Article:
Wizards shooting guard Bradley Beal believes he and point guard John Wall comprise the best backcourt in the league. “Just in terms of what we’re capable of doing, the confidence that we have in that. At the same time we got to prove it,” Beal explained.
While statements like this mean little in the preseason, this is not an outrageous claim. Beal and Wall made considerable strides last season, helping the Wizards boost their win total by 15 from the year before and win a playoff series for the first time in nearly a decade. Beal is quickly developing into one of the top shooters in the league, Wall evolved from “explosive athlete” to imposing All-Star floor general and their developmental curves suggest further improvement in the years to come.
But is Beal overvaluing where he and Wall stand among their backcourt peers? One can appreciate the 21-year-old’s confidence while also acknowledging that he’s probably wrong. We know at least one player from another team thinks that’s the case. Speaking rather boldly on behalf of himself and Cavaliers point guard Kyrie Irving on Tuesday, shooting guard Dion Waiters described Beal’s assertion as “nonsense.”
It’s always tough to settle subjective player debates – where context, among other factors, can present complications – but here are five duos that I'd put ahead of Beal and Wall, in no particular order. I stuck strictly to two-man combinations.
There’s on obvious retort to Harden’s claim this summer that he’s the league’s best all-around player. Harden has a ways to go before he becomes even a serviceable cog in a respectable defense. He's earned his reputation as an aimless turnstile in recent years. It’s a testament to Harden’s scoring prowess – he averaged 25.4 points per game and posted the highest PER of any shooting guard last season – that despite his defensive shortcomings he wields the capability to influence the outcome of games to a degree few others can. Harden can create off the bounce, knock down long range shots and may be unrivaled in his ability to draw contact, albeit in often unsightly manners. Whereas Beverley’s offense barely registers in a discussion of the league’s best backcourts, his hard-nosed defense helps the Rockets’ accommodate Harden’s uneven style. Together, Harden and Beverley form a sound two-way pairing with potential for growth if Harden is genuinely committed to improving his defense.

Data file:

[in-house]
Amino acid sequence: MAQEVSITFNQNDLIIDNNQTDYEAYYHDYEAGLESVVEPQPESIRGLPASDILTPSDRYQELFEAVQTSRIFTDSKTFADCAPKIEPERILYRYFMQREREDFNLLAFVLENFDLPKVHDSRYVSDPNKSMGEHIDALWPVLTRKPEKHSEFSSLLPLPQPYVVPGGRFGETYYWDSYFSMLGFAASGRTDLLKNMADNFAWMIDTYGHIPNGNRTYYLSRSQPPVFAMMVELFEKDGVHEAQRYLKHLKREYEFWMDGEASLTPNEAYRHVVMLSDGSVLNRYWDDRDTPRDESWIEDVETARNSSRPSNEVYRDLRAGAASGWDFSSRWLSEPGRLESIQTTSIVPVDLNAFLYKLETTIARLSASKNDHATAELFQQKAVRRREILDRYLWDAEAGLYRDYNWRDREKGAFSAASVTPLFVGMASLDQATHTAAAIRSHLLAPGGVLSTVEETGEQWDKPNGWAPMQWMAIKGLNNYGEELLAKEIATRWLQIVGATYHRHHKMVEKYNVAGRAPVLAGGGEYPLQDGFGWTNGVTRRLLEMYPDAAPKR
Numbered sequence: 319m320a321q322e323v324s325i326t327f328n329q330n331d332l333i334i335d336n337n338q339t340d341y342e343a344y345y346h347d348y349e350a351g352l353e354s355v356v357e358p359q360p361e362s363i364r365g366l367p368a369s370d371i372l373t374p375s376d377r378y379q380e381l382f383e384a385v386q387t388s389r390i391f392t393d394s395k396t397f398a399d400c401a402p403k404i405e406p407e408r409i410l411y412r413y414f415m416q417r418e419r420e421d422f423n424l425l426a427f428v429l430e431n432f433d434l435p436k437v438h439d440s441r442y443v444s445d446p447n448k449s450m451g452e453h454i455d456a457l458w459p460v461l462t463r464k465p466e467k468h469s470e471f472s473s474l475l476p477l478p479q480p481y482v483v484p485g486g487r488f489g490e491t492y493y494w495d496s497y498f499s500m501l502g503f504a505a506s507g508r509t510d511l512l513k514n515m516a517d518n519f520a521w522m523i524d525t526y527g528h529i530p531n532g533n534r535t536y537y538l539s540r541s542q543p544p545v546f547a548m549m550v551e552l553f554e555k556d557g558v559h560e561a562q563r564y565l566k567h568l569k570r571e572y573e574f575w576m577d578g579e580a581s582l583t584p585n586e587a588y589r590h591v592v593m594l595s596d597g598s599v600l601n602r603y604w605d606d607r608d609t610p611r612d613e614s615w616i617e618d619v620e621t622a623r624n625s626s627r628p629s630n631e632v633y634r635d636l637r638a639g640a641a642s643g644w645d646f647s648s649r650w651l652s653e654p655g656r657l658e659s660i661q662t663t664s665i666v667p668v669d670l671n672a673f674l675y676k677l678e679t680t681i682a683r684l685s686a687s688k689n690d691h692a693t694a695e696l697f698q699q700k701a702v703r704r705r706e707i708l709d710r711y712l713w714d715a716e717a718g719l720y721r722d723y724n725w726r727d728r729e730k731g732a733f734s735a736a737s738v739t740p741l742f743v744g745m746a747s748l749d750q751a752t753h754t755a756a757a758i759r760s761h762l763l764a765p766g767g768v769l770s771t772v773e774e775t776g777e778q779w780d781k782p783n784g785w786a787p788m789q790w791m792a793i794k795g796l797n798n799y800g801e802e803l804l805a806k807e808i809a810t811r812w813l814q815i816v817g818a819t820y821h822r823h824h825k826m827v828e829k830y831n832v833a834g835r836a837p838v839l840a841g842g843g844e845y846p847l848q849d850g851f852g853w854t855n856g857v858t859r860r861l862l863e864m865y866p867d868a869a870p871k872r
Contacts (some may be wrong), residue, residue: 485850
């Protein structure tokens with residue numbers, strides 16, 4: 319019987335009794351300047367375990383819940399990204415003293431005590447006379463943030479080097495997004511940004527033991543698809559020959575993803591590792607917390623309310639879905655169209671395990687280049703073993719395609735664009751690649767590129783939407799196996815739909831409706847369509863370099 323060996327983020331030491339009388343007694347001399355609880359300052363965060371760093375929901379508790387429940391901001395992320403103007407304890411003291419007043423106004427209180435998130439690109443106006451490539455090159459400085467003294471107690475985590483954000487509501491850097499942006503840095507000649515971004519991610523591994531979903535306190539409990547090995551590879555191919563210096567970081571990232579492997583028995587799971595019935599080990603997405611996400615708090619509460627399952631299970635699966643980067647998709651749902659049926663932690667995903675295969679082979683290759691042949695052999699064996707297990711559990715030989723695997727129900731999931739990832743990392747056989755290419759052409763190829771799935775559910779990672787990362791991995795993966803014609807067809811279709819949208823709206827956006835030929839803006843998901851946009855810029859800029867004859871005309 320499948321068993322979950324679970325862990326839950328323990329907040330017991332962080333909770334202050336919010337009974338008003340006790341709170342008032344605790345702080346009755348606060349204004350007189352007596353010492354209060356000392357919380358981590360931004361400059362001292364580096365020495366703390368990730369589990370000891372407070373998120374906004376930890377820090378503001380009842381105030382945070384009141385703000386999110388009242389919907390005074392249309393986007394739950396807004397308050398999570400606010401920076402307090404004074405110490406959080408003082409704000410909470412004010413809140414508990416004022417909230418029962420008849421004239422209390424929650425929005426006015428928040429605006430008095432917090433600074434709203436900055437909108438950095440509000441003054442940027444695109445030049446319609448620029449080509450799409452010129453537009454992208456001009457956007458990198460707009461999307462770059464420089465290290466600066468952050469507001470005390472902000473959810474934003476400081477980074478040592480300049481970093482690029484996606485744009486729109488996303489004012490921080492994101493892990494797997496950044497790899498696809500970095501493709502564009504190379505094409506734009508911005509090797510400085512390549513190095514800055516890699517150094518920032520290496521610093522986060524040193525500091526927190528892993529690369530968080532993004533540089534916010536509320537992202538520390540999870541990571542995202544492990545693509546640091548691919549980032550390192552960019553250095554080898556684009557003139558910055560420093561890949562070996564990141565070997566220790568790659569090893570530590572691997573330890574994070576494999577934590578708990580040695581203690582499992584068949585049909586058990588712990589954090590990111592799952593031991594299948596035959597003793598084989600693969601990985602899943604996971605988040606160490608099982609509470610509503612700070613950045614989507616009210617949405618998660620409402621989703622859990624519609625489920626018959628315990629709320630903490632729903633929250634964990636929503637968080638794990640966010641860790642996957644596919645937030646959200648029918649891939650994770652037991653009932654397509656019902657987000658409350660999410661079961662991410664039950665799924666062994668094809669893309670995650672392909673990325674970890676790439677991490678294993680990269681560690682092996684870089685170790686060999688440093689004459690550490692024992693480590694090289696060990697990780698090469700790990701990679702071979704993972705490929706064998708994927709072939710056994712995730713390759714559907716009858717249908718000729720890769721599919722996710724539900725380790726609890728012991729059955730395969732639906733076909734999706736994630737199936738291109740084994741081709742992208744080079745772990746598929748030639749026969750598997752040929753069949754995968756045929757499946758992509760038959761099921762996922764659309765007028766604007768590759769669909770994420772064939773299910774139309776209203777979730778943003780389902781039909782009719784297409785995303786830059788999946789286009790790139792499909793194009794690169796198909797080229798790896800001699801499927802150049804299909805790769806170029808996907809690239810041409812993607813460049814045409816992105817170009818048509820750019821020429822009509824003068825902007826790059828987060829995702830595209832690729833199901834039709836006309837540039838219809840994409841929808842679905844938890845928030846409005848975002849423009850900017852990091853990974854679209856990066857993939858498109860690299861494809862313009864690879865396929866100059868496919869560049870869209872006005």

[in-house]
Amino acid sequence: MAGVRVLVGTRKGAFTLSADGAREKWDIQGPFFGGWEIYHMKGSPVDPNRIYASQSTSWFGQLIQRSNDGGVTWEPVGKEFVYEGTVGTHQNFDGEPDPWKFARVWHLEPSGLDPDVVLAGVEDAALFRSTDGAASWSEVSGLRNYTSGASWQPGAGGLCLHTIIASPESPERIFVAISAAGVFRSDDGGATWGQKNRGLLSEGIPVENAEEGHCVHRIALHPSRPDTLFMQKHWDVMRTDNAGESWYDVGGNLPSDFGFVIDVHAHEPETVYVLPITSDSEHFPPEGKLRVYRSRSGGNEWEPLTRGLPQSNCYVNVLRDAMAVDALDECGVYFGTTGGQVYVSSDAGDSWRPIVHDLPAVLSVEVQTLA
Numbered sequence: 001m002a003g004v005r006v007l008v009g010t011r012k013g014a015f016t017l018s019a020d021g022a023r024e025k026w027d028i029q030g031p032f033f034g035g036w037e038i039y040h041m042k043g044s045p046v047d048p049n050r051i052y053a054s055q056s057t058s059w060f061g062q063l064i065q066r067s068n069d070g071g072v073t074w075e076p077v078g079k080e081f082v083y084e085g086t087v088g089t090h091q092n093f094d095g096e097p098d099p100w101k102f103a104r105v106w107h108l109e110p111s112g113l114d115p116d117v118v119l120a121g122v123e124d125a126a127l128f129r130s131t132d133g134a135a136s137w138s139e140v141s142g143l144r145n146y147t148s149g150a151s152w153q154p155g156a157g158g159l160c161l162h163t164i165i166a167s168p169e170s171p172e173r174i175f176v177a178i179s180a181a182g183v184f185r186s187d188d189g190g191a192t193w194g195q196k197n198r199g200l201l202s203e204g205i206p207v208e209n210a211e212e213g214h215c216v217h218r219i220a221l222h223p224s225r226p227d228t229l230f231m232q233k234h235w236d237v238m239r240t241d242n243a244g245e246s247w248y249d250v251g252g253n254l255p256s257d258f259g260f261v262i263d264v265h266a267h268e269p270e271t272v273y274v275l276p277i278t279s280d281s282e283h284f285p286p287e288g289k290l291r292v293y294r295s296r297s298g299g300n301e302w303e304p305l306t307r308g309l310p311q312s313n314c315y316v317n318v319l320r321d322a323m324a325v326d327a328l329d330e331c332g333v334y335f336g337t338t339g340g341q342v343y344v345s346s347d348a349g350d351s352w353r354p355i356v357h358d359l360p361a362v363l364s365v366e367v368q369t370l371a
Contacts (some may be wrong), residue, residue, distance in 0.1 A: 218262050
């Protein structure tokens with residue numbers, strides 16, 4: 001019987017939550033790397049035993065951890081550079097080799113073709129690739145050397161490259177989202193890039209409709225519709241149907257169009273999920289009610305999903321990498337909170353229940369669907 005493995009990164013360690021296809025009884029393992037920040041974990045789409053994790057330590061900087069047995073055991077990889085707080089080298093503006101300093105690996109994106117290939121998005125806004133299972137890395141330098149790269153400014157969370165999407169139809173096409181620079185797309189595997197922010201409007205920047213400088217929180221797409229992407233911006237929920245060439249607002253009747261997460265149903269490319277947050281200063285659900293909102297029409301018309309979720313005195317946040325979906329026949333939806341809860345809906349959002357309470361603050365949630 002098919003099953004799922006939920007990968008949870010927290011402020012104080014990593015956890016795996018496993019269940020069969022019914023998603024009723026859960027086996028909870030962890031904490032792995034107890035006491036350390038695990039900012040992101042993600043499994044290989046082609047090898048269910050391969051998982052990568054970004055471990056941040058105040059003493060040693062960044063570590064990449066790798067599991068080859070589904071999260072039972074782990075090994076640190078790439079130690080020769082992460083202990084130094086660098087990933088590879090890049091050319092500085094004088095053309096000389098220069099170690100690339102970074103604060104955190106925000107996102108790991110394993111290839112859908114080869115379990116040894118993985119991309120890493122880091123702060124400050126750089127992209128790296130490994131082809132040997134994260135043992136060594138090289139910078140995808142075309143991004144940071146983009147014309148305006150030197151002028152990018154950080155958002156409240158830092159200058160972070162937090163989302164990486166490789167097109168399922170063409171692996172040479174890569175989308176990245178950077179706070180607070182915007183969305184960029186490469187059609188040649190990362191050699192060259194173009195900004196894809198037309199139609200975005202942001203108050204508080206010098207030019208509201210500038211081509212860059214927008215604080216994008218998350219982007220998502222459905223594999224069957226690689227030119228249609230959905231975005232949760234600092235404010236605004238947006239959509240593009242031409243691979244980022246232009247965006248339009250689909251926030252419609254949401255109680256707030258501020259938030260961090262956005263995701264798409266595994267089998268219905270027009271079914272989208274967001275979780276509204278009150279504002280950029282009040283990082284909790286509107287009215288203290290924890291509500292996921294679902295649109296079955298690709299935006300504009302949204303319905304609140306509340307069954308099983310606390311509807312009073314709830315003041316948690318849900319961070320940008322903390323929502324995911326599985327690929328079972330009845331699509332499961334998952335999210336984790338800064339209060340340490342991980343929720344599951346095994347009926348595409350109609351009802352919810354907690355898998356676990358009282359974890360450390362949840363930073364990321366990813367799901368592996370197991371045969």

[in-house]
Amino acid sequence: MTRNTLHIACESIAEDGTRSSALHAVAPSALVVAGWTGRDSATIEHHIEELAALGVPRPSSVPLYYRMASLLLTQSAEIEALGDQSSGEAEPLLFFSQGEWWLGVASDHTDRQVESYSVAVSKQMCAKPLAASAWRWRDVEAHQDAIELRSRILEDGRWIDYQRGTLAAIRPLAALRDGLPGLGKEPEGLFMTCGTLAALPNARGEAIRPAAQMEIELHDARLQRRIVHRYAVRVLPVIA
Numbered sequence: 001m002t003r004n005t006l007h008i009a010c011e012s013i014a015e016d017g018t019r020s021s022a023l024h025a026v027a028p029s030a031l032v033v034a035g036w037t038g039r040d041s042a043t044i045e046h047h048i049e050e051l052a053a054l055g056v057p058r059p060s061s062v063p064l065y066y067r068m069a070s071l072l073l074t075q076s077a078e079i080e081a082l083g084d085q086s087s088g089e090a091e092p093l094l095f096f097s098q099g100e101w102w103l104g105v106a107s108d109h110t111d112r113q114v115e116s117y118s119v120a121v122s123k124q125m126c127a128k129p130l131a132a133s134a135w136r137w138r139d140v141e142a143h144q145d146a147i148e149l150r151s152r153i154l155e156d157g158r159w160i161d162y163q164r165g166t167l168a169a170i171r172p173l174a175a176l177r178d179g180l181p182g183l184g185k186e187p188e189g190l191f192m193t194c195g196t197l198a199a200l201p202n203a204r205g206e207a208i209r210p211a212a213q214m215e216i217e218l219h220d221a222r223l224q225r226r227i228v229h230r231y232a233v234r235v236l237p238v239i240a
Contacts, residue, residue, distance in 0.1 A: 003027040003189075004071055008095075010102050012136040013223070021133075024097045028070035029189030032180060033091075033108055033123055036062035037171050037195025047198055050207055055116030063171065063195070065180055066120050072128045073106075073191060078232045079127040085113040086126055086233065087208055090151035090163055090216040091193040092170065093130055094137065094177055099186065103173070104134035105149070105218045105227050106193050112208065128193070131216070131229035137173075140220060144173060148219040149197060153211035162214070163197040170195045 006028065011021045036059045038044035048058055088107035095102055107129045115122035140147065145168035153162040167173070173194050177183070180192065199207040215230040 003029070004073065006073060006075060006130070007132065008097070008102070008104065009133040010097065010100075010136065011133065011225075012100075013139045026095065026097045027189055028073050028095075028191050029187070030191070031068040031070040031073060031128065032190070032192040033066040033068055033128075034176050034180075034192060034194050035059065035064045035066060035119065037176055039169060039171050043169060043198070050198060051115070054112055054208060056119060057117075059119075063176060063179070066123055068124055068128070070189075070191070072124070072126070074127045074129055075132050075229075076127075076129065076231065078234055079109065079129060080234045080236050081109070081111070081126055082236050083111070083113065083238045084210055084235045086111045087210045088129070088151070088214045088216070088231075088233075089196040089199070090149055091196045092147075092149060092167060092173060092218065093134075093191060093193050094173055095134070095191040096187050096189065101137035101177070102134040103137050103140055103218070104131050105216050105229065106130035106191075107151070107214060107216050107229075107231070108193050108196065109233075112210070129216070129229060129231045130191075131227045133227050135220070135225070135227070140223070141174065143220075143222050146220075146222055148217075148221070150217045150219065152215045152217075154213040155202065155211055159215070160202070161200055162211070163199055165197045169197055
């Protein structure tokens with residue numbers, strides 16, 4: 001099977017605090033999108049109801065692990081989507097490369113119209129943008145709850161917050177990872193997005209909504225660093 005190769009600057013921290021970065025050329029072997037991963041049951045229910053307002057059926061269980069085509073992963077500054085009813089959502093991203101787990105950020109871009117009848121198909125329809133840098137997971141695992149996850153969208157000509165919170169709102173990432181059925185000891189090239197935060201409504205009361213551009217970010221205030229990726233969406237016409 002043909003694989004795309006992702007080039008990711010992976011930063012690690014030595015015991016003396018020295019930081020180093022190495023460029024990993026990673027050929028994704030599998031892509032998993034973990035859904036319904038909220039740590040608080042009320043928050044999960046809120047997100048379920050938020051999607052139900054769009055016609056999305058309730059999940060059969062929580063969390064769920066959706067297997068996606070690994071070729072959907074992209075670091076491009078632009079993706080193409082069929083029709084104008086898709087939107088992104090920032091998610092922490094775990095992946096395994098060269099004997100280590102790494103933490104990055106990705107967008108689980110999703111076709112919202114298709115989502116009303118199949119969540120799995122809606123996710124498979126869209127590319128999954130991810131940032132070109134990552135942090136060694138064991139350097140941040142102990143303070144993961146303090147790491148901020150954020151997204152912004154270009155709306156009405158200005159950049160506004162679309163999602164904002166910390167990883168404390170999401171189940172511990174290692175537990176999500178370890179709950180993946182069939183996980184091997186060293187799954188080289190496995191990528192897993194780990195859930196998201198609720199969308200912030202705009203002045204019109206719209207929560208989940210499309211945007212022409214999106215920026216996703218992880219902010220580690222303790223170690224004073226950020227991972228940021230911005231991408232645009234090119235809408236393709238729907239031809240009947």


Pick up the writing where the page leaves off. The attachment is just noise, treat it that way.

The Raptors signed Lowry to a four-year, $48 million contract extension this summer after he posted career highs in in points (17.9) and assists (7.4). Lowry’s breakout campaign helped dispel his long-held reputation as a cantankerous presence with flaws in his game. Earlier this week, Raptors coach Dwayne Casey said Lowry was “our hub, he's the engine for our team. He's the guy who stirs the mix.” DeRozan, meanwhile, made the cut for Team USA’s 12-man roster for the FIBA World Cup after growing into the go-to scorer (22.7 PPG) Toronto needed to fuel its run to 48 wins and the No. 3 seed in the East. Lowry and DeRozan’s heightened profiles are part and parcel with the optimism surrounding the Raptors entering this season, and as such their performance will go a long way towards determining whether Toronto can compete in a potentially more rugged East. Any further ascent up the conference pecking order – as well as any prospect for a playoff run that lasts longer than last year’s disappointing first-round exit – will depend heavily on whether Casey can coax an even higher level of performance from this pairing.